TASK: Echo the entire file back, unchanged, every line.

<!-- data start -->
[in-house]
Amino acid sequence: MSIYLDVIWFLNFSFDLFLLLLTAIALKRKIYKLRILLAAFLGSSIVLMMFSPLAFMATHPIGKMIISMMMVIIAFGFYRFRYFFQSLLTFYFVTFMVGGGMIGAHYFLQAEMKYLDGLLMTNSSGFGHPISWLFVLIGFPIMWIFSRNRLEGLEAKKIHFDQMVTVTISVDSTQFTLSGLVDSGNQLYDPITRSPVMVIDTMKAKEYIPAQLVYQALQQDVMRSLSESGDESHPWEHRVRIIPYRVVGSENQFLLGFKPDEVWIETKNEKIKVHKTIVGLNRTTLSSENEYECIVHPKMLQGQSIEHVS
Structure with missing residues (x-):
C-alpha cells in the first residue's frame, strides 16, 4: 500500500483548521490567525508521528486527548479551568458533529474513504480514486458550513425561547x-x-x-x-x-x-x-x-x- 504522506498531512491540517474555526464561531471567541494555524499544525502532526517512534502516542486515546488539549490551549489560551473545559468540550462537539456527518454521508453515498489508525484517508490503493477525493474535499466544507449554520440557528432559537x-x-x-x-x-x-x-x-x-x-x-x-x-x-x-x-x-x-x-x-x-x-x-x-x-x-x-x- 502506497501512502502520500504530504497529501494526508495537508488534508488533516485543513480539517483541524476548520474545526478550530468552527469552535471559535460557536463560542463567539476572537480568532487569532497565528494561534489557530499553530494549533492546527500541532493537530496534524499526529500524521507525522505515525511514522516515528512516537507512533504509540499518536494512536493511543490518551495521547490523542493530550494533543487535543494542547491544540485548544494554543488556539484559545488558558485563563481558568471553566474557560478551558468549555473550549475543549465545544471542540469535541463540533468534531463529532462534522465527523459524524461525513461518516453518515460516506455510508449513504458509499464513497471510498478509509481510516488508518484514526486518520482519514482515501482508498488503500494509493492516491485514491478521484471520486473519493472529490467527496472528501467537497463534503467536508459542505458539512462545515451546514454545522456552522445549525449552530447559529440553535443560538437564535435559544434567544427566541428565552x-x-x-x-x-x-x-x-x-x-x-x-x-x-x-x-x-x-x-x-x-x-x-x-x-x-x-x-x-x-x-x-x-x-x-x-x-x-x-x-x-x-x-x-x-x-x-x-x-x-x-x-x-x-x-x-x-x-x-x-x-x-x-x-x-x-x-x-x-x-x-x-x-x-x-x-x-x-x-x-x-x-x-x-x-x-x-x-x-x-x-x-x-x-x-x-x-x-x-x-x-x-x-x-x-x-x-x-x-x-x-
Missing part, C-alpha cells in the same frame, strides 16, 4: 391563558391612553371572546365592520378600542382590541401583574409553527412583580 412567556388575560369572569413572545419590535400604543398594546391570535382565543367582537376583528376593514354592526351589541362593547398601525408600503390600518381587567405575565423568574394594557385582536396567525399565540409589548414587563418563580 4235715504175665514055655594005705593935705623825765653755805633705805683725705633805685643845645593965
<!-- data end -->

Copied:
[in-house]
Amino acid sequence: MSIYLDVIWFLNFSFDLFLLLLTAIALKRKIYKLRILLAAFLGSSIVLMMFSPLAFMATHPIGKMIISMMMVIIAFGFYRFRYFFQSLLTFYFVTFMVGGGMIGAHYFLQAEMKYLDGLLMTNSSGFGHPISWLFVLIGFPIMWIFSRNRLEGLEAKKIHFDQMVTVTISVDSTQFTLSGLVDSGNQLYDPITRSPVMVIDTMKAKEYIPAQLVYQALQQDVMRSLSESGDESHPWEHRVRIIPYRVVGSENQFLLGFKPDEVWIETKNEKIKVHKTIVGLNRTTLSSENEYECIVHPKMLQGQSIEHVS
Structure with missing residues (x-):
C-alpha cells in the first residue's frame, strides 16, 4: 500500500483548521490567525508521528486527548479551568458533529474513504480514486458550513425561547x-x-x-x-x-x-x-x-x- 504522506498531512491540517474555526464561531471567541494555524499544525502532526517512534502516542486515546488539549490551549489560551473545559468540550462537539456527518454521508453515498489508525484517508490503493477525493474535499466544507449554520440557528432559537x-x-x-x-x-x-x-x-x-x-x-x-x-x-x-x-x-x-x-x-x-x-x-x-x-x-x-x- 502506497501512502502520500504530504497529501494526508495537508488534508488533516485543513480539517483541524476548520474545526478550530468552527469552535471559535460557536463560542463567539476572537480568532487569532497565528494561534489557530499553530494549533492546527500541532493537530496534524499526529500524521507525522505515525511514522516515528512516537507512533504509540499518536494512536493511543490518551495521547490523542493530550494533543487535543494542547491544540485548544494554543488556539484559545488558558485563563481558568471553566474557560478551558468549555473550549475543549465545544471542540469535541463540533468534531463529532462534522465527523459524524461525513461518516453518515460516506455510508449513504458509499464513497471510498478509509481510516488508518484514526486518520482519514482515501482508498488503500494509493492516491485514491478521484471520486473519493472529490467527496472528501467537497463534503467536508459542505458539512462545515451546514454545522456552522445549525449552530447559529440553535443560538437564535435559544434567544427566541428565552x-x-x-x-x-x-x-x-x-x-x-x-x-x-x-x-x-x-x-x-x-x-x-x-x-x-x-x-x-x-x-x-x-x-x-x-x-x-x-x-x-x-x-x-x-x-x-x-x-x-x-x-x-x-x-x-x-x-x-x-x-x-x-x-x-x-x-x-x-x-x-x-x-x-x-x-x-x-x-x-x-x-x-x-x-x-x-x-x-x-x-x-x-x-x-x-x-x-x-x-x-x-x-x-x-x-x-x-x-x-x-
Missing part, C-alpha cells in the same frame, strides 16, 4: 391563558391612553371572546365592520378600542382590541401583574409553527412583580 412567556388575560369572569413572545419590535400604543398594546391570535382565543367582537376583528376593514354592526351589541362593547398601525408600503390600518381587567405575565423568574394594557385582536396567525399565540409589548414587563418563580 4235715504175665514055655594005705593935705623825765653755805633705805683725705633805685643845645593965